He donned his coat and his hat, grabbed the briefcase and the red folder, and left. He’d decided it would be best to part ways without drawing much attention to it, so he had said his goodbyes to Azar and Harold the previous night. This didn’t stop him from passing Azar’s door on the way to the elevators, though, and as he moved in front of the door he carefully slid the red folder beneath it.
His business concluded, he walked to the elevator. The early hour meant he hadn’t seen a soul since leaving his room, and the bellhop carrying the suitcase inside the elevator was almost startling. He recovered quickly and tipped his hat to the bellhop as he entered the elevator, and the bellhop gave a friendly salute in return.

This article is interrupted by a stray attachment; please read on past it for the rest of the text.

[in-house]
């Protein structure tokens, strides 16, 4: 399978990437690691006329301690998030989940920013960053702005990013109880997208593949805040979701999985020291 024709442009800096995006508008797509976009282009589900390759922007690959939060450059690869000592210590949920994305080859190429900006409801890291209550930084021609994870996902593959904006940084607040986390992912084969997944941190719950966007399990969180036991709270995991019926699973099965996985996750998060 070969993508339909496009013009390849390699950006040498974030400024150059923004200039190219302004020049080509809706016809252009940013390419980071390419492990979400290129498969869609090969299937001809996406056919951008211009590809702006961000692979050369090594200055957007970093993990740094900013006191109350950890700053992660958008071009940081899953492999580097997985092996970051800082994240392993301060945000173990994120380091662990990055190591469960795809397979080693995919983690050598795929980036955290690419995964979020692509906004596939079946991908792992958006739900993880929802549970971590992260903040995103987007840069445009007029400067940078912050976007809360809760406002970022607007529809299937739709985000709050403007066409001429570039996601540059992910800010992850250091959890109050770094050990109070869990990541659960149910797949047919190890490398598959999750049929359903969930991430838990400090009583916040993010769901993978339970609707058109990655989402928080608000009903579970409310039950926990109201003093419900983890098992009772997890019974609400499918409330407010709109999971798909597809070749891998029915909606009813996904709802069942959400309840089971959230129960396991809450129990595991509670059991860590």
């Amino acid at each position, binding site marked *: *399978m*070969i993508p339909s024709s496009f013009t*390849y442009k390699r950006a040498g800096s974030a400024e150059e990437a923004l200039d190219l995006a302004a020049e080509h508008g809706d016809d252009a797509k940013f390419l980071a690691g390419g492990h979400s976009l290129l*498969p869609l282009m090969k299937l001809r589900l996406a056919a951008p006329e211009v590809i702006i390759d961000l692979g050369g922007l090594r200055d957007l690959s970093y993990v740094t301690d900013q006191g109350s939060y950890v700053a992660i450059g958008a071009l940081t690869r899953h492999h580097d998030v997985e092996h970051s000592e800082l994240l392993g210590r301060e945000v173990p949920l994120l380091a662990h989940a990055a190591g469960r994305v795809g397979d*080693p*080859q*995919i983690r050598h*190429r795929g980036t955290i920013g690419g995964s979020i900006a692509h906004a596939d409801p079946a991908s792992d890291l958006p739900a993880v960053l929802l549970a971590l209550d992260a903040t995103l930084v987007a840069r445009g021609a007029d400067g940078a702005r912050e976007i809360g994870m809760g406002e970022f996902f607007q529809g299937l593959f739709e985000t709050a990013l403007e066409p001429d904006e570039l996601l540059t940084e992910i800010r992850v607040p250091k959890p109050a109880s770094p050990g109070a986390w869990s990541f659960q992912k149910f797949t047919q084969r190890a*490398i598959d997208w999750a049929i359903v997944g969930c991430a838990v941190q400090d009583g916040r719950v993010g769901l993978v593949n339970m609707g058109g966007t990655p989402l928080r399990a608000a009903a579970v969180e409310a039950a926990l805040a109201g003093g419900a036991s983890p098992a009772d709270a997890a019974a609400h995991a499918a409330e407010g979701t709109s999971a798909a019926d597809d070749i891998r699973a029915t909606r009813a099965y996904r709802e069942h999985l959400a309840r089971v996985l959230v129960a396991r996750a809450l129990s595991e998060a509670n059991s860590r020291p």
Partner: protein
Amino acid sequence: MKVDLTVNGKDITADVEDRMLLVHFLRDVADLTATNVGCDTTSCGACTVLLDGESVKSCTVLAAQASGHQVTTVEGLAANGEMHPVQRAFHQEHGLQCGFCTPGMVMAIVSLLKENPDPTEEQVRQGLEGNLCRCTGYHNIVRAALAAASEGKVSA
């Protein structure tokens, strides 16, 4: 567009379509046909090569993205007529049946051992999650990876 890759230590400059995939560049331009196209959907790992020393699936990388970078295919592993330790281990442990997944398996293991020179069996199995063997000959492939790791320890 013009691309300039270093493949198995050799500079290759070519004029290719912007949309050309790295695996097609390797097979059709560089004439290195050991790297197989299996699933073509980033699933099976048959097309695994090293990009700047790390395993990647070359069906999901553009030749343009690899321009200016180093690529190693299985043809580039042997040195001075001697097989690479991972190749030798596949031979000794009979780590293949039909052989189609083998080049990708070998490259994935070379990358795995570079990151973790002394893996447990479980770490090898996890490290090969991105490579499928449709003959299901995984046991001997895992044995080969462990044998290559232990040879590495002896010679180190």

“Going down?” asked Zack.
“No, but we can head down first. We’ve got an early arrival, but I don’t think they’ll be finished checking in for a few minutes yet, so I’ve got the time.”
“Thanks, pal,” said Zack as the doors closed. He pushed the down button and felt the shift in inertia as it began to descend. “Thanks for the attention to detail while I’ve been here, by the by. This company’s a real tight ship.”
“We aim to please. I take it you’re leaving then?”
“Yeah,” said Zack. “I’ve got a plane to catch.”
“Not a ship?”
“No, I’m leaving the spaceport by plane. They have some small charter ones if you’re just going elsewhere on the world.”
“You sure you want to do that?” asked the Bellhop. “I’ve heard that outside the parts that are dedicated to tourism this world can be a little rough.”
Zack grinned as the elevator stopped and the doors slid open.
“What can I say?” he said, stepping into the lobby. “Duty calls.”